Are International Stocks a Good Investment

As you can see, there are pros and cons to adding international stocks to your investment portfolio. The diversification benefits of such a decision can be significant, as investing internationally exposes you to potential gains and allows you to improve your portfolio substantially. 

At the same time, there is a real risk. Many countries do not have the same robust financial controls as the United States, and you have to judge what works best for your financial portfolio.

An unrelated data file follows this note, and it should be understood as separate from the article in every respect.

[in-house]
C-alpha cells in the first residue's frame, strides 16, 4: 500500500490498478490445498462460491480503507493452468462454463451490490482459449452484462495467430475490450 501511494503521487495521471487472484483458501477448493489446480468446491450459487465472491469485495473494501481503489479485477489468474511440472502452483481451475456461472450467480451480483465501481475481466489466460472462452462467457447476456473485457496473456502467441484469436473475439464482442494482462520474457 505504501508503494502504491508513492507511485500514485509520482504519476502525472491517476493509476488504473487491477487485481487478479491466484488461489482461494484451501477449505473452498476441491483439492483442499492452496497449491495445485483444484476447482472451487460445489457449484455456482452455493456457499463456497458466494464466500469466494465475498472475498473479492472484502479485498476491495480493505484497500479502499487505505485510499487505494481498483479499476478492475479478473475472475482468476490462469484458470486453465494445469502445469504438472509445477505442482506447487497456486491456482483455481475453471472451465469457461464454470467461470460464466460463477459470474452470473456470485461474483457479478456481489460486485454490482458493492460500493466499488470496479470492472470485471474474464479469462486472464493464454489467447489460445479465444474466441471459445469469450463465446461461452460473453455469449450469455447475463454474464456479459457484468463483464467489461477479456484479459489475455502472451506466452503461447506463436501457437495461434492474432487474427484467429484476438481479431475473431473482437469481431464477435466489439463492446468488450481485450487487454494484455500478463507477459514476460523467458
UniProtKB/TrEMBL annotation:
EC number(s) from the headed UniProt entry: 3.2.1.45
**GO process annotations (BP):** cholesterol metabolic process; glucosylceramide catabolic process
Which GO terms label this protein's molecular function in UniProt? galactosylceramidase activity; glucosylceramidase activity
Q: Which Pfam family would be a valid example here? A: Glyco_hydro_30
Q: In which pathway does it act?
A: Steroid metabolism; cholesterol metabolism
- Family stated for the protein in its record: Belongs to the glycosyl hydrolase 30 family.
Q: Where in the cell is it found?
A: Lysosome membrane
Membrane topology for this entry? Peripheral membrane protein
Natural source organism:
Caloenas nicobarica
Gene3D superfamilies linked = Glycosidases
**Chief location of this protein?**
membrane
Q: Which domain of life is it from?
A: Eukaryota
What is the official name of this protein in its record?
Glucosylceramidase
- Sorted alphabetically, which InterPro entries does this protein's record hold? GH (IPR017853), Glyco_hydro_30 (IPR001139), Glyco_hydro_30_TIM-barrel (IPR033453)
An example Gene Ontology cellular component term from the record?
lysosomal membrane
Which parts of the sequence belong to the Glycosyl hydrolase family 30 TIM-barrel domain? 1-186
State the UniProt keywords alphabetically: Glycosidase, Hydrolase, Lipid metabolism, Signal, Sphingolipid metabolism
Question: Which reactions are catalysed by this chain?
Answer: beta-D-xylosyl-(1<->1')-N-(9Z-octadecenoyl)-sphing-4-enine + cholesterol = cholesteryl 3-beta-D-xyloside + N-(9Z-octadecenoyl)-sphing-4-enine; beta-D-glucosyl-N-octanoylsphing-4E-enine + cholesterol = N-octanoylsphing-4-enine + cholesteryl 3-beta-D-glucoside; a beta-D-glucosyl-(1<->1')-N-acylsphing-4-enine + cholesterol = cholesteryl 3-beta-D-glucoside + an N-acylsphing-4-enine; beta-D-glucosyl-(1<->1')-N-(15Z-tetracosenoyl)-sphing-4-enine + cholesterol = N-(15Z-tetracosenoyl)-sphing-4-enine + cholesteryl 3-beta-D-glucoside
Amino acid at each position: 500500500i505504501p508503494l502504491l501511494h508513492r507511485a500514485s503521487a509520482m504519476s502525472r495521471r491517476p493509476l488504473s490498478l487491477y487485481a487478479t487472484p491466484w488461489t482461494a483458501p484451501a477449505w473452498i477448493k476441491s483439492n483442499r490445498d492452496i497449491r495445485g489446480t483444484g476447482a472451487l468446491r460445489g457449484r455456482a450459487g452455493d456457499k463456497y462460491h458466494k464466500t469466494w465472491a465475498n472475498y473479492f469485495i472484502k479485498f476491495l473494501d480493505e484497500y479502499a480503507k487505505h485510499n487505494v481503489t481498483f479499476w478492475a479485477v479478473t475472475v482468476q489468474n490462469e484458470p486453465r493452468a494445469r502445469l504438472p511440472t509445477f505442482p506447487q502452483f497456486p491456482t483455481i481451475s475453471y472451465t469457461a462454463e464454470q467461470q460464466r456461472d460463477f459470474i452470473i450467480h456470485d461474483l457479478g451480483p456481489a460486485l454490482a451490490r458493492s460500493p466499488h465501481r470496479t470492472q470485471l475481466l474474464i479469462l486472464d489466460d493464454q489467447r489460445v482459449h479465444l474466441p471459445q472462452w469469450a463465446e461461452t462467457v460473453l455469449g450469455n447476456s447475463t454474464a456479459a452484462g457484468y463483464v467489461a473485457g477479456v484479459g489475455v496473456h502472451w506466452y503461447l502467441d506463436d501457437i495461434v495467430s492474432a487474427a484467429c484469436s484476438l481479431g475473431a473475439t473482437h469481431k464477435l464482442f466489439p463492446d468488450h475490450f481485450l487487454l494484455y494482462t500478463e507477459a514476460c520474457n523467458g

Lastly, it would help if you considered the region’s overall political and socio-economic environment. Like in the United States, foreign investments can be positively or negatively altered by the political climate, governmental actions, regulatory control, and more.

Generally speaking, investors prefer making investments in stable systems with robust governmental bodies that can act to protect assets, capital, and labor. To that end, when making a foreign investment, you need to check out the strength of the investment in question and monitor the country’s total environment.

M1 Finance is great for investing in international stocks due to zero fees, very low minimums, automated investment with automatic rebalancing. You can learn more in my M1 Finance Review.